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Review: A Year in the Bull-Box, by Glyn Hughes

The bull-box is an isolated stone hut in the Ribble Valley, which Glyn Hughes has used as a writing retreat since his diagnosis with lymphoma cancer in 2009.

He was a successful poet in the seventies, but he gave up poetry in favour of novels and biography. When I first met Glyn we engaged in several typically robust arguments about the pointlessness of writing poetry, how you couldn't earn a living from it (demonstrably true), why he would never write another poem and so forth. Then suddenly a few years ago the dam burst and poetry again flowed from him. He has had three collections published in the past five years. Bull-Box is the finest.

The main four sections of the book deal with the progression of the seasons, starting with winter, grounded in the landscape around him. The final section moves away from the bull-box, consisting mainly of two longer poems, set in other places which have had value for him: the cancer ward, and his writing room at home (his 'dream room').

Glyn's writing has three main qualities which make him a remarkable poet.

First he has a deep knowledge and understanding of the natural world, and its flora and fauna. Secondly the animals and birds, even the flowers, in these poems are described with such accuracy and care that they appear as individuals, with their own personalities - and before you cringe there is not a hint of anthropomorphism in this work. For instance, Rooks:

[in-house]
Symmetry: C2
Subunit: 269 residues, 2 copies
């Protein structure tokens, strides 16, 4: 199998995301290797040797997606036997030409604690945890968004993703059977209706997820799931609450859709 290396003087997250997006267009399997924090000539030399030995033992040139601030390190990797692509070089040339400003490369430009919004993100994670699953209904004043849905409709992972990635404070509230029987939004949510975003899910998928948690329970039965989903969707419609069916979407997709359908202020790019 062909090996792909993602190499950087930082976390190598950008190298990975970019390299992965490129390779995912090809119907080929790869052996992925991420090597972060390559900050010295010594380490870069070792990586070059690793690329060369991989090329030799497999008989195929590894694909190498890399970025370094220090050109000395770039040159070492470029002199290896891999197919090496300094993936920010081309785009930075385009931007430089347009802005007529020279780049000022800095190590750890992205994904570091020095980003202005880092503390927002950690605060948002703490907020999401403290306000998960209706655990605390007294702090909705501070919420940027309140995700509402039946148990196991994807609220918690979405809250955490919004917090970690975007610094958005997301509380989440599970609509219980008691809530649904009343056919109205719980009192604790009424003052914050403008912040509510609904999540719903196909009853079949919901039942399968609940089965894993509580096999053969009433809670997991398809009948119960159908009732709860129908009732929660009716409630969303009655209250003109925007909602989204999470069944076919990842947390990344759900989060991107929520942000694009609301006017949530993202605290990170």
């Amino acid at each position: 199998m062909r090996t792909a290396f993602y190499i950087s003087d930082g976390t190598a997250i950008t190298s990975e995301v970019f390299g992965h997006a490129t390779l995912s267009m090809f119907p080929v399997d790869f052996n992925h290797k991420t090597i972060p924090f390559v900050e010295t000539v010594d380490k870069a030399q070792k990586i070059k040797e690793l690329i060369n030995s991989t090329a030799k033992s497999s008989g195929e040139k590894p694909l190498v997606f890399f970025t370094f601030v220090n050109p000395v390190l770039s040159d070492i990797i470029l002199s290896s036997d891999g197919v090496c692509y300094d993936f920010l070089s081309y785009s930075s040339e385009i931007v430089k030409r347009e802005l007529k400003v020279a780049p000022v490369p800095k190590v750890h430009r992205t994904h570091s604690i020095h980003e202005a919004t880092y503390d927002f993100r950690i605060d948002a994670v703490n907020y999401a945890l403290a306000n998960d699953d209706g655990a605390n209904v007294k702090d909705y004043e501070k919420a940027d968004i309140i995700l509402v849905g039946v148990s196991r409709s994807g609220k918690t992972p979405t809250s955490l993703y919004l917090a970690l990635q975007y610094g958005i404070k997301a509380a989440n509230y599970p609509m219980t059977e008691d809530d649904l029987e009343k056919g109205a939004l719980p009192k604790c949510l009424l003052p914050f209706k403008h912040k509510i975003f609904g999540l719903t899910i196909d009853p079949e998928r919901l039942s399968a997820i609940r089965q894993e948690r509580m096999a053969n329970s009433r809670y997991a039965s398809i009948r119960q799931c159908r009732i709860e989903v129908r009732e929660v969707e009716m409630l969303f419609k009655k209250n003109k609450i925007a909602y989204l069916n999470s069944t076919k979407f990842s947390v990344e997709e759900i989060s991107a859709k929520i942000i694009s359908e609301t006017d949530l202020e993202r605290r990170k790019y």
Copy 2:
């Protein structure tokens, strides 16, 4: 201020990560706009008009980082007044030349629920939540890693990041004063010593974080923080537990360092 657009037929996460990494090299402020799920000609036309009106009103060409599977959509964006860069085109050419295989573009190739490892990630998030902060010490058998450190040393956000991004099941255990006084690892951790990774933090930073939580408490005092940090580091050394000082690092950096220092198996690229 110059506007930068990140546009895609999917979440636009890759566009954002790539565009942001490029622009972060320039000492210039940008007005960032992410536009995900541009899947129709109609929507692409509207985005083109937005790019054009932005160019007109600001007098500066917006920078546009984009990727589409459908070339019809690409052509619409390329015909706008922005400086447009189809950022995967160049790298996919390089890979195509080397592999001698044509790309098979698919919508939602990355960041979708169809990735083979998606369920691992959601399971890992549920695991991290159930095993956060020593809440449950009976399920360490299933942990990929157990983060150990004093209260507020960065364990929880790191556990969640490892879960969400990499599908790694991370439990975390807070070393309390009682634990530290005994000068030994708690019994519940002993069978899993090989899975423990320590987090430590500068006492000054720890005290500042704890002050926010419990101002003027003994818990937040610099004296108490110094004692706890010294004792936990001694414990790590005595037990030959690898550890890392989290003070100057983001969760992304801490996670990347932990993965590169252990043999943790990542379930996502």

At last rooks and yet more rooks are shaking
voices that sound like a bagful of stones
the flock is dragging through the valley air
upstream at dawn and downstream at dark
so it must be Spring with the first grubs stirring
to be plucked at the valley-head from a ploughing

and the last winter wind has scattered
sticks along the wood and the lane-sides
as if on purpose for them to repair nests,
to quarrel and bicker in their zest for life
where the rookery stands. The attention-seeking clack,
the circling and the homing search.

And:

It seems another old day in dripping Winter.
Trees burned by cold are ashes, whips or feathers
dipped out of gold mist and over damp-glazed leaves.
...
Brilliance of wet evergreen, harts-tongue fern
and of crowded, or crushed, mossy boughs.

from A Betwixt-and-Between Day

And a whitethroat, singing:

From claws upwards it thrusts into that poise,
a balanced aim for that open beak
scissoring the air with bird-scales,
throwing them sideways as it twirls
down branches, never failing.
It cannot help but spill its song.

from June

Birds get particularly vivid press in Glyn's world:

Magpies will hop and leap the hedge-top
in a swearing gang of bandits
driving their knife-beaks through the pools of leaves
even to the eyes of nestlings.

from A Betwixt-and-Between Day

The third element which characterises Glyn's poetry, in this book in particular, is a philosophical realisation, a truly meditative appreciation, of the end which awaits us all. There's no bland acceptance of death; rather, he approaches it with the same questing, stubborn intelligence with which he has always embraced life itself:

So let this stone of grief laid sooner or later be
not the cover of a tomb but a pedestal
for the curlew's Spring call
to a sky-trip clean across the valleys of Padiham and Burnley.

from Going There On The Long Causeway

The poem Night in the Cancer Ward is very strong, and will mean much to anyone who has had to spend time in such places. The final poem in the book, Dream Room is a sort of summation of the poet's life. They are both important poems, but the deepest impressions I'm left with are the birds, animals and plants of the Ribble Valley. Walter de la Mare said: Look thy last on all things lovely / Every hour. Glyn Hughes says:

Flowers give the light back in cups of beauty.
They recompense the dark
and bandage the damaged soul.

from Flowers